SUMMARY: inetd problem

Date: Tue Jul 03 1990 - 17:26:05 CDT

This is the summary of reponses about my inetd problem. Inetd died after
startup, from both /etc/rc and from the command line.

Responses suggested three things:
 1) Check inetd.conf and /etc/services for blank lines.
 2) Make sure portmapper is alive. If it's dead, then "wierd" things happen
        and said wierd things do not appear causally related.
 3) Check the number of lines in /etc/inetd.conf. Older versions of inetd
        had a limit of 26 lines.

Most suggested using the trace command to see where inetd was dying.

The winner was #1; turns out that I left a blank line in /etc/inetd.conf after
commenting out the rwall service last week. sigh.

Thanks to:

begin responses:
Subject: Re: inetd wierdness

Look for a corrupted /etc/inetd.conf or /etc/services file. If one
of these (forget which) has corruption, or a blank line (not sure if
this is the cause, but some anomalous condition like this), or ???
then `inetd' will silently terminate without so much as a whimper.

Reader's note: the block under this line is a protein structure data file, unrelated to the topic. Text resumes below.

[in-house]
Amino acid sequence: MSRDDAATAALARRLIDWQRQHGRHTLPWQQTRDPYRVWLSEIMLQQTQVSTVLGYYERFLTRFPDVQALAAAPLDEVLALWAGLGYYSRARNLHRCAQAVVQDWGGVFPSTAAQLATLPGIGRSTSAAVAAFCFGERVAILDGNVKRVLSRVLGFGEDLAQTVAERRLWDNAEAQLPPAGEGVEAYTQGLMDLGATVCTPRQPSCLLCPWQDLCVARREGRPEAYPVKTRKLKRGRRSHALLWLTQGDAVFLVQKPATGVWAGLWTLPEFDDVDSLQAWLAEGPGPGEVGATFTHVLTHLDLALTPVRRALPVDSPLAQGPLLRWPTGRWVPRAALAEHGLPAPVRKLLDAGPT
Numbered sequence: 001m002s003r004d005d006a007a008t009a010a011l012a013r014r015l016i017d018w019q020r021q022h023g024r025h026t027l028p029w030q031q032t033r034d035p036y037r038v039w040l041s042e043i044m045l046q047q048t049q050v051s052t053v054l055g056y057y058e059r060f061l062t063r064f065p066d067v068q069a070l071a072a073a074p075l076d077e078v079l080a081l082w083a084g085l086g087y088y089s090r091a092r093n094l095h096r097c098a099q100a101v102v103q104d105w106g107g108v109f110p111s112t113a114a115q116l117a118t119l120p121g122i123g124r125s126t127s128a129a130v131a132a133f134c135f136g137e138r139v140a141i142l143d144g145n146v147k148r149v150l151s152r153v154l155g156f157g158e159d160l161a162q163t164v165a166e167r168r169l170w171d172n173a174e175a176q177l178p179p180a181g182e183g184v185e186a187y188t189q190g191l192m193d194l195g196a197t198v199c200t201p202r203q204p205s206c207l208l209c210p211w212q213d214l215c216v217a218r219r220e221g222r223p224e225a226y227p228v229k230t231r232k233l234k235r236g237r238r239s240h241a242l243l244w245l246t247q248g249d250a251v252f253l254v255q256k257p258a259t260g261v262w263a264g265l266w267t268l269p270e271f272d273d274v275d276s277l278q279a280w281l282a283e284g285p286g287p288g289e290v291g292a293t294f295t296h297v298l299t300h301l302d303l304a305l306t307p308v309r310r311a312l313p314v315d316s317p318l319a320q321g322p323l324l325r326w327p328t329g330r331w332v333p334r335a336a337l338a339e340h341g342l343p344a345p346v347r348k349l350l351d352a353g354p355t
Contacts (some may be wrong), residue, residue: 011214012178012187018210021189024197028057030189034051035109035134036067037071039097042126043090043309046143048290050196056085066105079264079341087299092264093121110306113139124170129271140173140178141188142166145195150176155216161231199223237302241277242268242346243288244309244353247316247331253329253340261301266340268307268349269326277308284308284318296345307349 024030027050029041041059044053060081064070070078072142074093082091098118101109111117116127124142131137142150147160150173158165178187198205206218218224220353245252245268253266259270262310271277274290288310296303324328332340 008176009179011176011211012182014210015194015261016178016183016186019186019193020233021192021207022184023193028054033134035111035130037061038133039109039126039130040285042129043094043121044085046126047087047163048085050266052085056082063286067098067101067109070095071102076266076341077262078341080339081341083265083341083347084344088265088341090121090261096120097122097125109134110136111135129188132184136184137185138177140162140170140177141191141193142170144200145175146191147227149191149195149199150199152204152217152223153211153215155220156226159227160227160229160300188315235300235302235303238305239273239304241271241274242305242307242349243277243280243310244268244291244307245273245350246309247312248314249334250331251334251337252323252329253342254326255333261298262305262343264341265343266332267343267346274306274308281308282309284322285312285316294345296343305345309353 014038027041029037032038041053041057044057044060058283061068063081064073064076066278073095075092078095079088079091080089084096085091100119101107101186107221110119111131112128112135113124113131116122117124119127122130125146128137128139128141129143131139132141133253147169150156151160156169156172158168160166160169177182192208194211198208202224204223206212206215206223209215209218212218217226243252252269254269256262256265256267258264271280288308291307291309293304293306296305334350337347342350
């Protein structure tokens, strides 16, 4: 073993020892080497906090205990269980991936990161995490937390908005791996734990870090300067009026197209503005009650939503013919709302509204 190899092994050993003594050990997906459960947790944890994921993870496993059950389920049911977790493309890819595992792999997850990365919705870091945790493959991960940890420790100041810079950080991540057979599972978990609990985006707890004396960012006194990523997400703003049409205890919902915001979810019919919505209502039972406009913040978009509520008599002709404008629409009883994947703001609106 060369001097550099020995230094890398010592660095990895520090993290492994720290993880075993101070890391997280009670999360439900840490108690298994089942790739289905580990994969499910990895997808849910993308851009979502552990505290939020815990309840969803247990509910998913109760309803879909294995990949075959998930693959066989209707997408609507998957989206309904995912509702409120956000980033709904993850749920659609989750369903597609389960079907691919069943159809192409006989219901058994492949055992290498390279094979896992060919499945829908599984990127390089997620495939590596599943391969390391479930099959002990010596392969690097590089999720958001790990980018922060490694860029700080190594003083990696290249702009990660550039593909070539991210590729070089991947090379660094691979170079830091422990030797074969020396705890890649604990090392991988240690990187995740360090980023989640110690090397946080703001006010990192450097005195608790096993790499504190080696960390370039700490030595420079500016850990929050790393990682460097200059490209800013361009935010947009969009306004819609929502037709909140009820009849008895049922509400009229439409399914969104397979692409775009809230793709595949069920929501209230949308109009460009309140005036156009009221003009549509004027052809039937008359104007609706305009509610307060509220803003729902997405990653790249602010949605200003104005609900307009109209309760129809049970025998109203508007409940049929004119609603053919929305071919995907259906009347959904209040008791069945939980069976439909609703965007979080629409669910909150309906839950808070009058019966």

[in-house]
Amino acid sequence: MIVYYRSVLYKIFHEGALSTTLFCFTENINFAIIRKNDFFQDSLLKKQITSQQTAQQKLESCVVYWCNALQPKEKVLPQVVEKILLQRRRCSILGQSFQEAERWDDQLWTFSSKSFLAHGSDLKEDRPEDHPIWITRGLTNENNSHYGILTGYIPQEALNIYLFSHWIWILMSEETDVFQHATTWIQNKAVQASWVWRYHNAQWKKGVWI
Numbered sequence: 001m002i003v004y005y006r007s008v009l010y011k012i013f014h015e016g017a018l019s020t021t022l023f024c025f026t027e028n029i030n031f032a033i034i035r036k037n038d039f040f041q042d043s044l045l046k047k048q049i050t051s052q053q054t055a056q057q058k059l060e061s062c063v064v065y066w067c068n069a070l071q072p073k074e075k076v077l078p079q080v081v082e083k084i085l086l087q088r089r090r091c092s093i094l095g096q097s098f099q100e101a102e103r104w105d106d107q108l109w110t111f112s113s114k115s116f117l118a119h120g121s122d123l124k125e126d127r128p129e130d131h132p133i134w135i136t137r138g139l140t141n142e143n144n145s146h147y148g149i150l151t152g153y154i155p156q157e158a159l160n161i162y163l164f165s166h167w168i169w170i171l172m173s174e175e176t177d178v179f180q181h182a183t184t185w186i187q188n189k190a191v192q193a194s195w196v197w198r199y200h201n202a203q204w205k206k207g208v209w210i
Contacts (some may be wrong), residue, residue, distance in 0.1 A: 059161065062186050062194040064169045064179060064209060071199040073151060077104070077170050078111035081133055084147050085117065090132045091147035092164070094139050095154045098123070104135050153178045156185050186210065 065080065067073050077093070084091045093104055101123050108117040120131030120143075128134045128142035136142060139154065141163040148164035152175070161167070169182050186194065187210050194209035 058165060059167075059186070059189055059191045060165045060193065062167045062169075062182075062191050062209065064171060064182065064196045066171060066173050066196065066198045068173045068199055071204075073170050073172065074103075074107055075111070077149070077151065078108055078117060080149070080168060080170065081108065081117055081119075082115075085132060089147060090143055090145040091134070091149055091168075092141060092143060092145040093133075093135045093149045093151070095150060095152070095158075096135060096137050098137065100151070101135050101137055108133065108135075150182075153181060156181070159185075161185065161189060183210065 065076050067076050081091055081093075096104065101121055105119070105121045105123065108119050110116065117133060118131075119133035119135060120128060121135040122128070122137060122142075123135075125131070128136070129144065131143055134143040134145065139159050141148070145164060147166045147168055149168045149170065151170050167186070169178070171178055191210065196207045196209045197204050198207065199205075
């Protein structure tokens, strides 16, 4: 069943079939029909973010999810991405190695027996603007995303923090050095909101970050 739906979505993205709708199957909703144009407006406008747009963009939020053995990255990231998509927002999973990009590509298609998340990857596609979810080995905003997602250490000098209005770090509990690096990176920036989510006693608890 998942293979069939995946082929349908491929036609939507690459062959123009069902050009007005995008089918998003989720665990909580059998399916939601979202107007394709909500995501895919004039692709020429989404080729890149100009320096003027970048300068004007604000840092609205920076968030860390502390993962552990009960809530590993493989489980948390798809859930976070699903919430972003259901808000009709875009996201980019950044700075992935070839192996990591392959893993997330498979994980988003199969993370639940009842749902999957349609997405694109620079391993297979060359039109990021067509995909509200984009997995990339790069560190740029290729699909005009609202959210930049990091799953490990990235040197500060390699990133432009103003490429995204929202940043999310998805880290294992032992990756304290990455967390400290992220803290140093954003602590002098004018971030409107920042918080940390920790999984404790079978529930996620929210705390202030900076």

Your best bet is to run `trace -o /tmp/inetd.trace inetd' and after inetd
daemonizes itself, look and see if it is still running. If not, then view
the /tmp/inetd.trace file and see where it is dying.

Subject: Re: inetd wierdness

Is portmap running ? If portmapper is not running very strange things
happen. YP breaks, NFS dies, and all kind of network wierdness results.

From: wuthel!
How many lines in your config file? In some version of inetd it dies
at > 26 lines.

And a useful hint:
it might be your inetd.conf that is bad, use a default one from /usr/etc/install
/proto/etc/inetd.conf and see if you can run it. If it does run then make
a comparison between the two files.

Thanks to all for responding.


Kean Stump University Computing Services
Network Services Oregon State University
DOMAIN: UUCP: hplabs!hp-pcd!orstcs!kean

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